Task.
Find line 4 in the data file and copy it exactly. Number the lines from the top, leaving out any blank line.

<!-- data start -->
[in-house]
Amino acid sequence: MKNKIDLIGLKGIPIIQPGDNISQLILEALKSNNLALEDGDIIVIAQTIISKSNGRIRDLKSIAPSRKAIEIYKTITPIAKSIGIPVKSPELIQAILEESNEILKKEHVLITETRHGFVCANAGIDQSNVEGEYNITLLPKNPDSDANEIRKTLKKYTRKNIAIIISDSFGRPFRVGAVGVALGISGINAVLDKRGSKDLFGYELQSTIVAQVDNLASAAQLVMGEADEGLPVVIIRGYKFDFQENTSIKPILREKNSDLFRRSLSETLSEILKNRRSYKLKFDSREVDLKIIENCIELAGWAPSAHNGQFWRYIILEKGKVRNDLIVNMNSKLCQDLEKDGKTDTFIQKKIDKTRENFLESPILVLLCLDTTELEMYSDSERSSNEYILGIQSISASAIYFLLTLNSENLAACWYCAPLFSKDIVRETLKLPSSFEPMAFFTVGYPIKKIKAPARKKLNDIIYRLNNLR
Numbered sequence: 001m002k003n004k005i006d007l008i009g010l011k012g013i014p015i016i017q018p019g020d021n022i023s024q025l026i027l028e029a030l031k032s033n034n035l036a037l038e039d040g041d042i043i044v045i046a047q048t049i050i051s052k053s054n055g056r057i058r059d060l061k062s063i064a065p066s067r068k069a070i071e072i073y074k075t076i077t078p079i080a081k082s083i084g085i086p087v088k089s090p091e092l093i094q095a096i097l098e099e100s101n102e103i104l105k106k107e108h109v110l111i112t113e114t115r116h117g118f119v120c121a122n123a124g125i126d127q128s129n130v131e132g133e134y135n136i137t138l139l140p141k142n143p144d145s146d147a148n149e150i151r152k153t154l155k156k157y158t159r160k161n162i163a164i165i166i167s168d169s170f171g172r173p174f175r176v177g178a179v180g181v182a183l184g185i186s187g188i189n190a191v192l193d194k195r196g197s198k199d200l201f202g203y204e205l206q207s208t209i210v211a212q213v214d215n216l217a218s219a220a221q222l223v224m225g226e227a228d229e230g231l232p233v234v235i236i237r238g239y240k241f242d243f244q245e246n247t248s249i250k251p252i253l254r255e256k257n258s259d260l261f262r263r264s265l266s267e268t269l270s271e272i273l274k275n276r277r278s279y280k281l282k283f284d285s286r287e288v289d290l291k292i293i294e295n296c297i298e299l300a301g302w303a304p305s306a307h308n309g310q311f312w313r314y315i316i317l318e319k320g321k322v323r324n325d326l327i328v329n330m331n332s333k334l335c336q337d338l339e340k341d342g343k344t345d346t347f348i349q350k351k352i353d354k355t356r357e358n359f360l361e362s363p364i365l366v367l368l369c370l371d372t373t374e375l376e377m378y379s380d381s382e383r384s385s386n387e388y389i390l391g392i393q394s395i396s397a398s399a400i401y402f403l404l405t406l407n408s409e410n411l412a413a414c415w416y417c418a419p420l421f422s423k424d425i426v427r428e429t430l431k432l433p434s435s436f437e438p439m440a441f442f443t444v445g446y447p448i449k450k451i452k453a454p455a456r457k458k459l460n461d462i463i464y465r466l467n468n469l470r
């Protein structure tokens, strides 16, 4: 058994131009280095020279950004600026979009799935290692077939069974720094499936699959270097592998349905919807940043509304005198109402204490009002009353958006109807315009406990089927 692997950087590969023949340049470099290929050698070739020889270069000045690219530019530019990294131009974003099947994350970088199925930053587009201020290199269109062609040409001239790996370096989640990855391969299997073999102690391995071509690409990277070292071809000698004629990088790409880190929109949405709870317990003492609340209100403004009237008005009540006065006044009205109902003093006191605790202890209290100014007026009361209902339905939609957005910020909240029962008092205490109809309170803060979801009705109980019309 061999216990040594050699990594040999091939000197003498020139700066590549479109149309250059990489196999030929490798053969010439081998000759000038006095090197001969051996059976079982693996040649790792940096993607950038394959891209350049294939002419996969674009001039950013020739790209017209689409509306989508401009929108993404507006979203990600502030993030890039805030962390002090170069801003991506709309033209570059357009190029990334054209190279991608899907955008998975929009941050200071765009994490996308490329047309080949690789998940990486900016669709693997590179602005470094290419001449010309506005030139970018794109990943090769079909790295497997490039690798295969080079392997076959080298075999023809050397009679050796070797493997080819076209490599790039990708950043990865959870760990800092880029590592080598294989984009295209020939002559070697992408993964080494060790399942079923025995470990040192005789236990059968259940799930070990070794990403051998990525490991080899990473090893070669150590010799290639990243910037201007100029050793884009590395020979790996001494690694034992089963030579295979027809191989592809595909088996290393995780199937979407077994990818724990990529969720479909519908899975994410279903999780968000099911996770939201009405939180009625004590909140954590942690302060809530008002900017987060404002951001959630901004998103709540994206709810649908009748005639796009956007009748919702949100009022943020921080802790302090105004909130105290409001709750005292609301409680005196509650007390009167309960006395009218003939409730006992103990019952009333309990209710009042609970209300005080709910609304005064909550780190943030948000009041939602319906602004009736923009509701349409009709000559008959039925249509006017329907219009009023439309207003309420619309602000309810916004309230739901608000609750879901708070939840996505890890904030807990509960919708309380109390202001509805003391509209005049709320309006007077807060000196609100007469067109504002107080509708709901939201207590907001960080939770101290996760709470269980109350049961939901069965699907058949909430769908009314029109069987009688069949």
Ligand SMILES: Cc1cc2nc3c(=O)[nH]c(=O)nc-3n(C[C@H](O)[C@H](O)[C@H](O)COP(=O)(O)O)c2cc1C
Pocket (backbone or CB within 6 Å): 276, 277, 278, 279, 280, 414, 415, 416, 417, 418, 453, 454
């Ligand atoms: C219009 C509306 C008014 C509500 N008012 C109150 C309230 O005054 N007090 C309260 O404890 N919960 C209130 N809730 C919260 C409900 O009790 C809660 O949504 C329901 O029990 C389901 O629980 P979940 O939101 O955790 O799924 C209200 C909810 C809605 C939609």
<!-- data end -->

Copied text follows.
């Protein structure tokens, strides 16, 4: 058994131009280095020279950004600026979009799935290692077939069974720094499936699959270097592998349905919807940043509304005198109402204490009002009353958006109807315009406990089927 692997950087590969023949340049470099290929050698070739020889270069000045690219530019530019990294131009974003099947994350970088199925930053587009201020290199269109062609040409001239790996370096989640990855391969299997073999102690391995071509690409990277070292071809000698004629990088790409880190929109949405709870317990003492609340209100403004009237008005009540006065006044009205109902003093006191605790202890209290100014007026009361209902339905939609957005910020909240029962008092205490109809309170803060979801009705109980019309 061999216990040594050699990594040999091939000197003498020139700066590549479109149309250059990489196999030929490798053969010439081998000759000038006095090197001969051996059976079982693996040649790792940096993607950038394959891209350049294939002419996969674009001039950013020739790209017209689409509306989508401009929108993404507006979203990600502030993030890039805030962390002090170069801003991506709309033209570059357009190029990334054209190279991608899907955008998975929009941050200071765009994490996308490329047309080949690789998940990486900016669709693997590179602005470094290419001449010309506005030139970018794109990943090769079909790295497997490039690798295969080079392997076959080298075999023809050397009679050796070797493997080819076209490599790039990708950043990865959870760990800092880029590592080598294989984009295209020939002559070697992408993964080494060790399942079923025995470990040192005789236990059968259940799930070990070794990403051998990525490991080899990473090893070669150590010799290639990243910037201007100029050793884009590395020979790996001494690694034992089963030579295979027809191989592809595909088996290393995780199937979407077994990818724990990529969720479909519908899975994410279903999780968000099911996770939201009405939180009625004590909140954590942690302060809530008002900017987060404002951001959630901004998103709540994206709810649908009748005639796009956007009748919702949100009022943020921080802790302090105004909130105290409001709750005292609301409680005196509650007390009167309960006395009218003939409730006992103990019952009333309990209710009042609970209300005080709910609304005064909550780190943030948000009041939602319906602004009736923009509701349409009709000559008959039925249509006017329907219009009023439309207003309420619309602000309810916004309230739901608000609750879901708070939840996505890890904030807990509960919708309380109390202001509805003391509209005049709320309006007077807060000196609100007469067109504002107080509708709901939201207590907001960080939770101290996760709470269980109350049961939901069965699907058949909430769908009314029109069987009688069949």